Twitter wants to label rule-breaking yet newsworthy tweets


TechSpot Staff
Staff member

One of the biggest factors for the rise of Twitter was that it could function as a way for people to interact with major public figures. The ‘blue tick’ to authenticate high-profile users like celebrities and politicians meant for the first time people would have an instant means of communicating with their heroes. But over time that functionality has morphed from a blessing to a curse in many ways.

In 2017 Twitter stopped awarding new ‘blue ticks’, as they felt they were conferring status or validity to owners of ticked accounts. They realised that the blue tick could be seen as Twitter endorsing content that they deemed troubling. But that wasn’t the only problem.

For years now Twitter has been faced with a conundrum: what to do with content that breaches their terms of use, but was written by high-profile, newsworthy sources? If they leave such posts up, they are tacitly agreeing that bullying, hate-speech or threats are legitimate ways to communicate on their platform, but if they remove the posts they risk interfering with public discourse (and, probably, losing users in droves).

Twitter has indicated that it is looking into new methods to label and disclose individual tweets that breach their rules but should stay ‘live’ for discussion.

In an interview with The Washington Post this week, Vijaya Gadde, global lead for legal, policy, trust and safety at Twitter, laid out one possibility for how the system would work. She suggested a warning could overlay rule-breaking tweets that users had to click and acknowledge before they could read the content, such as “this Tweet contains potentially dehumanizing speech.”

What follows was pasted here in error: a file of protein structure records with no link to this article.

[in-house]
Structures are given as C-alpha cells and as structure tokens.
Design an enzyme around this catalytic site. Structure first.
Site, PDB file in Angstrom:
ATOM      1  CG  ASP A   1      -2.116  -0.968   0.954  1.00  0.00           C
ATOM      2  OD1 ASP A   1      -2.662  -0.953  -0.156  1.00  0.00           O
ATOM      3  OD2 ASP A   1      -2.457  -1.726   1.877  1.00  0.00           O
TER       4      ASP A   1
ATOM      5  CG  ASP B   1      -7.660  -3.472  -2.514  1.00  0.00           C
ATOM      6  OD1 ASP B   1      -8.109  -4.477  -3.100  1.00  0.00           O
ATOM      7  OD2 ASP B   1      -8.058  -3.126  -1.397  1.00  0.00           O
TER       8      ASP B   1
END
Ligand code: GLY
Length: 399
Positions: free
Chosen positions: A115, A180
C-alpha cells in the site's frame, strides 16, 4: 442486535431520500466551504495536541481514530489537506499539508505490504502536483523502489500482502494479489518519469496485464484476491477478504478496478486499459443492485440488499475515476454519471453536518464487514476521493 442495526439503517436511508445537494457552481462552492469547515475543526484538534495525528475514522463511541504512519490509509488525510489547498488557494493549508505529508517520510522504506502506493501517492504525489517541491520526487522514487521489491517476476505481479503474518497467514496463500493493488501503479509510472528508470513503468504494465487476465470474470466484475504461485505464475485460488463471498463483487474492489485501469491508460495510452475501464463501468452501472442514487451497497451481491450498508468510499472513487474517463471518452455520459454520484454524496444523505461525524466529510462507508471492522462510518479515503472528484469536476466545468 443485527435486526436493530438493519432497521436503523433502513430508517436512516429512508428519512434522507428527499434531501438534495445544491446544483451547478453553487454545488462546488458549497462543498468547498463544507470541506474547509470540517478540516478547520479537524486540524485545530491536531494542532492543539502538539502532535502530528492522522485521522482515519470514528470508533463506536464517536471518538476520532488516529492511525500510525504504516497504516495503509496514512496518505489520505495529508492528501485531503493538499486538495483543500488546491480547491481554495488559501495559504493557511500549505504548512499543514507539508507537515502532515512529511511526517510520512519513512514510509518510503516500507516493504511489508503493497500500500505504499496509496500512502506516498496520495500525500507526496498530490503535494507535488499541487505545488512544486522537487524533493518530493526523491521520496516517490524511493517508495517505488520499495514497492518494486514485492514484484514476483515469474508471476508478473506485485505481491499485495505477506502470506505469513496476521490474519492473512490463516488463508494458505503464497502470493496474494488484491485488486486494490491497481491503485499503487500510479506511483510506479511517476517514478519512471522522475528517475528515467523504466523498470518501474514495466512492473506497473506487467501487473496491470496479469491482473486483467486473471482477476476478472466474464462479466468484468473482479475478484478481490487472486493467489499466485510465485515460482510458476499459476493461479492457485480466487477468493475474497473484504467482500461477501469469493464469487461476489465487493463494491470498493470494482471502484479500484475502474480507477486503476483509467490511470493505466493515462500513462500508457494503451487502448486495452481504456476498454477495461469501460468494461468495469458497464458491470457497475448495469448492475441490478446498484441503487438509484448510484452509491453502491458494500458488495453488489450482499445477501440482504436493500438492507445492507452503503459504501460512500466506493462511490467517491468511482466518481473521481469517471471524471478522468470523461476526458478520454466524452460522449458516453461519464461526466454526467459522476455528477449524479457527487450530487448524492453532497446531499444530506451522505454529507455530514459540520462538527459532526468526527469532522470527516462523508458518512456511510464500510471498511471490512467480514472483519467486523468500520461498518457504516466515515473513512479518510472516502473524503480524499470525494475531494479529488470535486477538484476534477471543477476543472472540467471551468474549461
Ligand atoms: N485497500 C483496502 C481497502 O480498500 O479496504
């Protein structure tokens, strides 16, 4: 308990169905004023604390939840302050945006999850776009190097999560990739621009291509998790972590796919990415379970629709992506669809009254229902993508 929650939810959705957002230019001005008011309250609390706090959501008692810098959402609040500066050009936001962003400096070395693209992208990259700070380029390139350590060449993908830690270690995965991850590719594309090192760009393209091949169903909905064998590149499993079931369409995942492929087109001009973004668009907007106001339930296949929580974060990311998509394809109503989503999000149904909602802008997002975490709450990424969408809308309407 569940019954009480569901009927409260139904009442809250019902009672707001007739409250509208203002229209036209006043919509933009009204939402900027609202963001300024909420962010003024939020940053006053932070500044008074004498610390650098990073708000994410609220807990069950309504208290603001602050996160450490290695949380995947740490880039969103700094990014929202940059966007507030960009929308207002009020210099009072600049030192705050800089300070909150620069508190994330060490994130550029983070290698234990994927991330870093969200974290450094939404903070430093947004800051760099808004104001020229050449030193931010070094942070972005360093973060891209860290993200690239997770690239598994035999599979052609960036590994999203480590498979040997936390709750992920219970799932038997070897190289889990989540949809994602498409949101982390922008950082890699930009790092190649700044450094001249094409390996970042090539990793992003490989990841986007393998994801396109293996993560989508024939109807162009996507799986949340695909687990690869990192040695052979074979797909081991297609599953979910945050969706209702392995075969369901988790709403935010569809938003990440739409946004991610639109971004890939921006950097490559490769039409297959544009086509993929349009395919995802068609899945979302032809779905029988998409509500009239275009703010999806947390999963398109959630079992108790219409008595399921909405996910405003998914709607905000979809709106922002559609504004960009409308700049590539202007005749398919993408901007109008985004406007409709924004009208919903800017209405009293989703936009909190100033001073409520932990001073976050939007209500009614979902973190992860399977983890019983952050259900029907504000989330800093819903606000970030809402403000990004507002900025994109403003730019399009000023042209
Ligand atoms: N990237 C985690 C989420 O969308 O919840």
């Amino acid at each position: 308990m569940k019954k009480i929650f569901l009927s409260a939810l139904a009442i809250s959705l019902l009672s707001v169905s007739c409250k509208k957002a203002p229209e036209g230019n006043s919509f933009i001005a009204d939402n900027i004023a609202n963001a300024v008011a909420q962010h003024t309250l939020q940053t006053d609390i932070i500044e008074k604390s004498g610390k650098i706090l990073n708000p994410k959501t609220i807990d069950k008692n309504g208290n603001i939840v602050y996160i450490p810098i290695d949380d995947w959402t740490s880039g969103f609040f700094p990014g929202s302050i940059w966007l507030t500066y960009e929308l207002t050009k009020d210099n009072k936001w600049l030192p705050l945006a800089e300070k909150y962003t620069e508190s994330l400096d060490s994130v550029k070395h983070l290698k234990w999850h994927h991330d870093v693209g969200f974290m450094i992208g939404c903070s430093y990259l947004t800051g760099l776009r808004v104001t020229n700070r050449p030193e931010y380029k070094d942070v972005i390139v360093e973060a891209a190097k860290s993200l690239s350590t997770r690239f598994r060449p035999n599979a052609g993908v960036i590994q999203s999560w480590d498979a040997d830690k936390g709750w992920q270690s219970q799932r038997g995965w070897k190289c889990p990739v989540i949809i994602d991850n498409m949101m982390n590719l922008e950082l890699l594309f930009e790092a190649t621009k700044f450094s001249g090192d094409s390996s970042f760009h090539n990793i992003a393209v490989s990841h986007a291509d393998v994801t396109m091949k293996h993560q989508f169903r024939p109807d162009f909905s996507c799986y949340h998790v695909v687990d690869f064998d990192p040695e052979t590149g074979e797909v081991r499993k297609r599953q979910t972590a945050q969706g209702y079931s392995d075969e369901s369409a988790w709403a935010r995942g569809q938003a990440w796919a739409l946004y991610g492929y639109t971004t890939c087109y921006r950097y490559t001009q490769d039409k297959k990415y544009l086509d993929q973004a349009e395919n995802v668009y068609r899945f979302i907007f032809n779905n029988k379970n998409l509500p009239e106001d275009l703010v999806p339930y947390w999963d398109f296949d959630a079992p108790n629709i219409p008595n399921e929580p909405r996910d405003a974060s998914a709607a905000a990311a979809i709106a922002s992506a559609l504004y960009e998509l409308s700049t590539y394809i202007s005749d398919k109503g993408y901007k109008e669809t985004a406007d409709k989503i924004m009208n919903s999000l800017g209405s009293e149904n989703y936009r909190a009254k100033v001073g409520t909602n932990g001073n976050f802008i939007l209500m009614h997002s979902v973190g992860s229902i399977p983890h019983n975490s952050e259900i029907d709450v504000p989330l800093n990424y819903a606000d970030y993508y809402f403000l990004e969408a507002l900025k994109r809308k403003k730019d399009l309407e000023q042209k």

It’s an interesting approach, and one that could bring consistency. In February Twitter faced calls of hypocrisy after hiding a tweet from Iranian Supreme Leader Ayatollah Seyed Ali Khamenei after it breached rules by renewing the fatwa on Salman Rushdie.

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TS Evangelist
I never thought I'd end up saying this but Twitter is making a lot of sense here. The only reasonable approach to free speech vs. offending people is to put the filters in the hands of users. And why not? This is how search engines and a lot of sites have operated for ages. On Steam you can screen out all the porn games and videos with a couple of clicks and I imagine the same is true for sites like Netflix (assuming they have "adult" material - to me that still means anything R-rated). To my thinking the main question is where to set the defaults for the filters. There is also the issue of what Twitter considers inappropriate and whether or not its applying those rules equally to all who post. We've seen how deep the bias can run on Facebook and other services.
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Letting people break the rules with a disclaimer? That's about as effective as letting your dog defecate on the carpet and leaving a sticky note of your disapproval.

Twitter's uneven application of the rules is funny at best but I guess they will do anything to keep that money coming in.

Uncle Al

TS Evangelist
Best Solution .... Shut them down and force people to go back to communicating face to face .... of course the insults would not be so widely spread but the number of bloody, broken noses would go way up!


TS Enthusiast
Best Solution .... Shut them down and force people to go back to communicating face to face .... of course the insults would not be so widely spread but the number of bloody, broken noses would go way up!
Very true. But people used to duel with swords or guns when they were offended. Heck, if somebody offended a man's wife, he would fight to the death.

There's another problem. What is offensive to one person is music to the ears for another. Democrats were appalled at Trump's infamous 's-hole country' comment but cheered at Clinton's 'deplorables' comment. And vice versa.

Corralling offensive speech on the internet is a lost cause.